What’s happening at the Library

Published 12:00 pm Tuesday, October 12, 2021

By John Maruskin

Halloween’s on the horizon, so ghost and supernatural horror stories are trending at the Library. That’s fine with CCPL’s Scary Librarian, James Gardener. He loves to read horror stories. He writes horror stories. He orders horror stories for the Library’s collection. During October, James will read four of his own short ghost stories on the Library’s Facebook page.

The stories are: “Just what you’re looking for (featuring the Old Librarian and the vampire book); Watch Out for Late Returns; “A Poetry Reading” (featuring the poem that drives people insane); and, “Never Read the Spell Books Out Loud.” As you can see, all the stories deal with libraries and reading. After all, dead authors’ books are their ghosts.

James’ performances will be suitable for the whole family, So gather round the screen with your favorite hot pumpkin spice beverages and share the spook-tacle. Just go to the Library’s Facebook page, www.facebook.com/clarkbooks, and scroll down the news feed or, click on the “More” tab at the top of the Facebook page and select “Videos,”

On Tuesday, October 25, this column will contain another new scary story by James, “The Tale of Johnny Evilseed,” in which a scarecrow is brought to life to leave people scary books and movies. Outcreep Services.

James has published in short story anthologies. The Library has those books: The Devil’s Hour: 17 Truly Horrifying Tales to Keep You Up at Night (Fantastic F Devi), Schlock! Horror!: An Anthology (Fantastic F Schl), and Song Stories: Dark Side of the Moon (Fantastic F Song).

If you like your horror with extra cheeeezzze, James recommends, Tales from the Crust : an Anthology of Pizza Horror / edited by David James Keaton & Max Booth III (call # Fantastic F Tale).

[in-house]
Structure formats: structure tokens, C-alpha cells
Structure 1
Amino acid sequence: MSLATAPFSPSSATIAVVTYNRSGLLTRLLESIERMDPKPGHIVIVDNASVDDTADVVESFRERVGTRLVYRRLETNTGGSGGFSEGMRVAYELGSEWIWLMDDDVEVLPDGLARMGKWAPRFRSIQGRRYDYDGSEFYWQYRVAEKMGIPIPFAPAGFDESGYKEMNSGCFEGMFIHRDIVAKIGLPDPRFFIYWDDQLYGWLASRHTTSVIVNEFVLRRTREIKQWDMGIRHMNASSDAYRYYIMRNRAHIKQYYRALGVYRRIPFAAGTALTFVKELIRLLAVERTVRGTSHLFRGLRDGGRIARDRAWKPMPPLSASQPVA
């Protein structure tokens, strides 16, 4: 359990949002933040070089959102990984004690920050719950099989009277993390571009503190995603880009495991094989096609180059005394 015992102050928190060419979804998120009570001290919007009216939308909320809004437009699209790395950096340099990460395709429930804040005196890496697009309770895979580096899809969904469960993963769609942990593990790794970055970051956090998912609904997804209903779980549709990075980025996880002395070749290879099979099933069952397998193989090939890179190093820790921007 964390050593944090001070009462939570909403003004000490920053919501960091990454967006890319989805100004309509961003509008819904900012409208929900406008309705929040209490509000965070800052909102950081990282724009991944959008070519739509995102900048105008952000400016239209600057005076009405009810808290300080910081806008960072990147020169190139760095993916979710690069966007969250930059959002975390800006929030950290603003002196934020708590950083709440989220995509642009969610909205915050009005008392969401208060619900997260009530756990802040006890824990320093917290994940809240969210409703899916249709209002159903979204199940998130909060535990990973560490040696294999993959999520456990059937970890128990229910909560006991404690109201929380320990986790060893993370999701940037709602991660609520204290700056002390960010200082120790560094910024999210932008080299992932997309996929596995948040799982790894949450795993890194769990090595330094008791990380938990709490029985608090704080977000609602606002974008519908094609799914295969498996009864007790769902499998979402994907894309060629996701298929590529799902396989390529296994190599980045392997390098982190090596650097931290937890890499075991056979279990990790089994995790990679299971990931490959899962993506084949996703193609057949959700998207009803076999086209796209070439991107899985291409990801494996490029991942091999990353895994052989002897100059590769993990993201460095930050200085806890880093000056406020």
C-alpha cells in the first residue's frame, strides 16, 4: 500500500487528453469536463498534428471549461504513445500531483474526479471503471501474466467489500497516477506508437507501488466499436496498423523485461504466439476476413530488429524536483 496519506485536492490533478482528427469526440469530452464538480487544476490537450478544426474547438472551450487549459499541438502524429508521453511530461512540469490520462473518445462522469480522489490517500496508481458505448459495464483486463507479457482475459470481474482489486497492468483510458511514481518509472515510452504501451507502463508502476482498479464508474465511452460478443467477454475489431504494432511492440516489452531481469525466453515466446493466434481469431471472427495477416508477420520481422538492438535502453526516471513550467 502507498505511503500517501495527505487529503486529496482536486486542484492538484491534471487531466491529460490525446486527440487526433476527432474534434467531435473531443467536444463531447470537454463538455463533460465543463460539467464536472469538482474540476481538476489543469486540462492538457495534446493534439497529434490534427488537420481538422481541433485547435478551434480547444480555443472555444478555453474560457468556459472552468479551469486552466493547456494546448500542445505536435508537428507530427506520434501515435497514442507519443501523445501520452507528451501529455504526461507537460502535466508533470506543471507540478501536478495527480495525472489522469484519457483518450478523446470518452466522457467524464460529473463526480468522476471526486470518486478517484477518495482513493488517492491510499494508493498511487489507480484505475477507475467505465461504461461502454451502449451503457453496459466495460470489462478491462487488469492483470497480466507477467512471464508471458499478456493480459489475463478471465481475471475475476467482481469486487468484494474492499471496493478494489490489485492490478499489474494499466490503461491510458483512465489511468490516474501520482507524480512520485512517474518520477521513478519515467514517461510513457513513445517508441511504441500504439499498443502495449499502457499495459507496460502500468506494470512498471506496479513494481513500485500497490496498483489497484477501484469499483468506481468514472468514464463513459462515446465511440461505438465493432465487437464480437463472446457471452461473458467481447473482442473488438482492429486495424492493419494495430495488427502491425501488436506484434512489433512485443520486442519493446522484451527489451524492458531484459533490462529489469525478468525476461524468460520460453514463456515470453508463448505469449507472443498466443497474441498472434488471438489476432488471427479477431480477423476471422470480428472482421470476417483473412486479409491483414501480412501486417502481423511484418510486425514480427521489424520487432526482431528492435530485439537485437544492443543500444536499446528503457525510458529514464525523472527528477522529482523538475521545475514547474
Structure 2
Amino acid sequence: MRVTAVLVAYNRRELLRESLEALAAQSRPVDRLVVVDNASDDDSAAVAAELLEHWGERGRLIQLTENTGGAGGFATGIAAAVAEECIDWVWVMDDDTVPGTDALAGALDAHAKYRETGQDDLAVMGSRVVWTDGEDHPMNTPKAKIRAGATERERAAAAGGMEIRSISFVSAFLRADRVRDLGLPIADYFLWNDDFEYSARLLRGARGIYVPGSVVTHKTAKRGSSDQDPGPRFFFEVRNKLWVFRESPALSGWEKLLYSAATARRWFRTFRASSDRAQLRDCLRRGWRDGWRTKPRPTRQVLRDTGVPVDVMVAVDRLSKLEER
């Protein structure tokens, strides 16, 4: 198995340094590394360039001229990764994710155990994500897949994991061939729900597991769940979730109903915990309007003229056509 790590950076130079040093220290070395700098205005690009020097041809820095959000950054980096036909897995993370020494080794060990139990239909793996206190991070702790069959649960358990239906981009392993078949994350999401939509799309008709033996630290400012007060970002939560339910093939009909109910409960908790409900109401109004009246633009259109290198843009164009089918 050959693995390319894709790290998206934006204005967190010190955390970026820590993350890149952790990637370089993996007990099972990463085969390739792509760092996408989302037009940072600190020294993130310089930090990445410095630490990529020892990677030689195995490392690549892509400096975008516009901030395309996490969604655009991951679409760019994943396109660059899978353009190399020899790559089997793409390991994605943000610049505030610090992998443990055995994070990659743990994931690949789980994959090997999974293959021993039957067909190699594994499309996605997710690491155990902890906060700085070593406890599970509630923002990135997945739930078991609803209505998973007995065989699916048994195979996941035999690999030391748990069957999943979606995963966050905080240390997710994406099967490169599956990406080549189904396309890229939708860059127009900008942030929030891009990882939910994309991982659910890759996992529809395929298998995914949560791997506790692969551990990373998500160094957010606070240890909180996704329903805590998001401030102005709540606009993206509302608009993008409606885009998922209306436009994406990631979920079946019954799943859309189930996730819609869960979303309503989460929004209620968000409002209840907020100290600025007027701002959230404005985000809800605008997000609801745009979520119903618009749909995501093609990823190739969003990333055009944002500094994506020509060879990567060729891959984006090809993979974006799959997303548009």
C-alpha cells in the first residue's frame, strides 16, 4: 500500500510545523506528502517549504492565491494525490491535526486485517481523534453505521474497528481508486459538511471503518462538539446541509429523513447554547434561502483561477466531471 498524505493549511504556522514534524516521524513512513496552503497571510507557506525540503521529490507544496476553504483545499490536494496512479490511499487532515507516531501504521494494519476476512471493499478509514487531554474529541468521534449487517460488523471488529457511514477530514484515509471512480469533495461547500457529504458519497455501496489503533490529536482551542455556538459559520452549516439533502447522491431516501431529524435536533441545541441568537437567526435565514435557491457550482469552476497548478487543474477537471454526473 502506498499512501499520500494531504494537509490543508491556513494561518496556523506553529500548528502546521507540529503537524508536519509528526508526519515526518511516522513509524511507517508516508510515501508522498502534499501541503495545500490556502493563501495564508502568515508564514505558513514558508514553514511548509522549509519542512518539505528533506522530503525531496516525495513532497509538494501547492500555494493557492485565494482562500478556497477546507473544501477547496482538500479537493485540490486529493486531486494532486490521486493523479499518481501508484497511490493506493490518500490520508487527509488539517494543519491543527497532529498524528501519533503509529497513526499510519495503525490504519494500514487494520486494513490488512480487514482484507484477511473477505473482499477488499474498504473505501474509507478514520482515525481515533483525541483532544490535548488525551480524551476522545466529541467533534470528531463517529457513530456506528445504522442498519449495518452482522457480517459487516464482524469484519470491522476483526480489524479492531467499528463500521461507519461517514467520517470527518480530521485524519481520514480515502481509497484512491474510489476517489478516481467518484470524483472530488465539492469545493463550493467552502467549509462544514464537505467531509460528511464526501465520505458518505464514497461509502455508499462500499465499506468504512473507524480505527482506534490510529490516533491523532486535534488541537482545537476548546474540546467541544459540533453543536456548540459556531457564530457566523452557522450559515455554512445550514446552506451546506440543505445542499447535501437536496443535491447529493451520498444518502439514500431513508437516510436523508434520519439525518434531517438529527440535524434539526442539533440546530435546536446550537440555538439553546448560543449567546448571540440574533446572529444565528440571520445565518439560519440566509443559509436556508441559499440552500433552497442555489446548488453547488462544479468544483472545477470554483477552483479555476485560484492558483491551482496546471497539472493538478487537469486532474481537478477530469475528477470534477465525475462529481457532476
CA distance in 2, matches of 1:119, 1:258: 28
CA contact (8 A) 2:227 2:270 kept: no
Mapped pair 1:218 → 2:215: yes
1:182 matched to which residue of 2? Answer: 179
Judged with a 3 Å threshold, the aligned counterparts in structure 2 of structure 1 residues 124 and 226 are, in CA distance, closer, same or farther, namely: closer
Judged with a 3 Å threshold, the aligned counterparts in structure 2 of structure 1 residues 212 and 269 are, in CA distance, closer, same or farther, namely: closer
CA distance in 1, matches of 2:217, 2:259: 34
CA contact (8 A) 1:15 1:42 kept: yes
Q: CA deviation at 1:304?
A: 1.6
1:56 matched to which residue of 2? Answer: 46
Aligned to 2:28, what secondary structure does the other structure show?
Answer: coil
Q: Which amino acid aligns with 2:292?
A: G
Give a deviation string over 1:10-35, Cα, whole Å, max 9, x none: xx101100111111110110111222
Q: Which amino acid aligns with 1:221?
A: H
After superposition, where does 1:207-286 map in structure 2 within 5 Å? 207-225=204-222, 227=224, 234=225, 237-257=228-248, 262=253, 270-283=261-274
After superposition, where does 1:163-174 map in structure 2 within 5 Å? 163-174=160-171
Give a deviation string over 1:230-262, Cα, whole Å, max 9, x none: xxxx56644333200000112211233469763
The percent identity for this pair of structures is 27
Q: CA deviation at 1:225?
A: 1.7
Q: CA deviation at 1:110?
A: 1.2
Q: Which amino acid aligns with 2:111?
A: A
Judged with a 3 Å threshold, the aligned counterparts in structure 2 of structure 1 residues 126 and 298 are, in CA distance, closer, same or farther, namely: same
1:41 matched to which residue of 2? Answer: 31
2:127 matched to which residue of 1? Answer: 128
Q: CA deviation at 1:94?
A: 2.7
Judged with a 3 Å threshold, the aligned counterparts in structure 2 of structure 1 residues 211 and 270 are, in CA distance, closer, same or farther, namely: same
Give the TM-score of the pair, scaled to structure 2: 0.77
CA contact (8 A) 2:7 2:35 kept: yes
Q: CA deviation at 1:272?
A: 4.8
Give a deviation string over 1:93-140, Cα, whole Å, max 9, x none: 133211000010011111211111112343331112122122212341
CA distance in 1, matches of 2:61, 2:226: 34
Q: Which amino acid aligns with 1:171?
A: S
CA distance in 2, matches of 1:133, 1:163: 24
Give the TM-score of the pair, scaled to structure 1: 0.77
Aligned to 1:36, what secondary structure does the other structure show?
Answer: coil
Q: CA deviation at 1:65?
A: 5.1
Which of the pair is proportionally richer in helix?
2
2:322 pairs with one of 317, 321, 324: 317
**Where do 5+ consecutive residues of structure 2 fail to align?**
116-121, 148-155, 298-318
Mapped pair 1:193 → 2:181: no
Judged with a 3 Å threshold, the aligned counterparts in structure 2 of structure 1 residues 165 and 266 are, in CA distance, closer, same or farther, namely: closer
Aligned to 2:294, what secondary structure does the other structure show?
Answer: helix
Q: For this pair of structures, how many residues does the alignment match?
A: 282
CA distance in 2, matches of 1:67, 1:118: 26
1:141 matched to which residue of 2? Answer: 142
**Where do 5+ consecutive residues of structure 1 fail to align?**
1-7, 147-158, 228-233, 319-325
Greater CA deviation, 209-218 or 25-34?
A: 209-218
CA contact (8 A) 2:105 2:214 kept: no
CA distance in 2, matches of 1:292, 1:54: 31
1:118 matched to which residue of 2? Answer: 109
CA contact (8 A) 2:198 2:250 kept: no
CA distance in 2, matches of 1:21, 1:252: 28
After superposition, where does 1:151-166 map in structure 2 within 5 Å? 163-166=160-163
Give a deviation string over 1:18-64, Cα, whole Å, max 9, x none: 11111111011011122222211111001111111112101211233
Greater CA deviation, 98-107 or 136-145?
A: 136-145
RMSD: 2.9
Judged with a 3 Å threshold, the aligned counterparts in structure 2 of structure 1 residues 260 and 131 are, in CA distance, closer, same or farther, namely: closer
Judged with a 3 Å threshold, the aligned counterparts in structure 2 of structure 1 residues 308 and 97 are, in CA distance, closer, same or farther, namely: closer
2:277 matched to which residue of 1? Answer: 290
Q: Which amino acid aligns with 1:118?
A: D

Now, October stories aren’t necessarily supernatural or horrifying.

On October 3, 1958, a Lamda Chi Alpha fraternity pledge named Oliver R. Smoot, became a “non-standard, humorous unit of measure” when he was used by his fraternity brothers to measure the length of Harvard Bridge. Smoot was chosen to be the unit of measure because he was the shortest pledge, 5’ 7”, and because he had the most scientific sounding name.

The Harvard Bridge turned out to be 364.4 Smoots long. After laying down and getting up over 100 times, Oliver Smoot got tired, so his fraternity brother simply hoisted him up and laid him back down for the rest of the measurements.

Oliver Smoot graduated from MIT in 1962, became a lawyer, and later was chairman of the American National Standards Institute and then, president of the International Organization for Standardization. Obviously, he “measured up” to the work.

In 2011, “smoot” was added to the fifth edition of the American Heritage Dictionary.

The “Smoot” is not the only non-standard, humorous measurement. Check the Wikipedia article “List of humorous units of measurement” to be amazed and amused by measurements like “The Sheppey” (familiar to readers of Douglas Adams’ Hitchhikers Guide; units of time like “The Onosecond”; and non-standard, non-conventional units of all kinds of stuff like “Bogosity.”

Libraries for life-long learning, you know. And laughing. Have a swell week.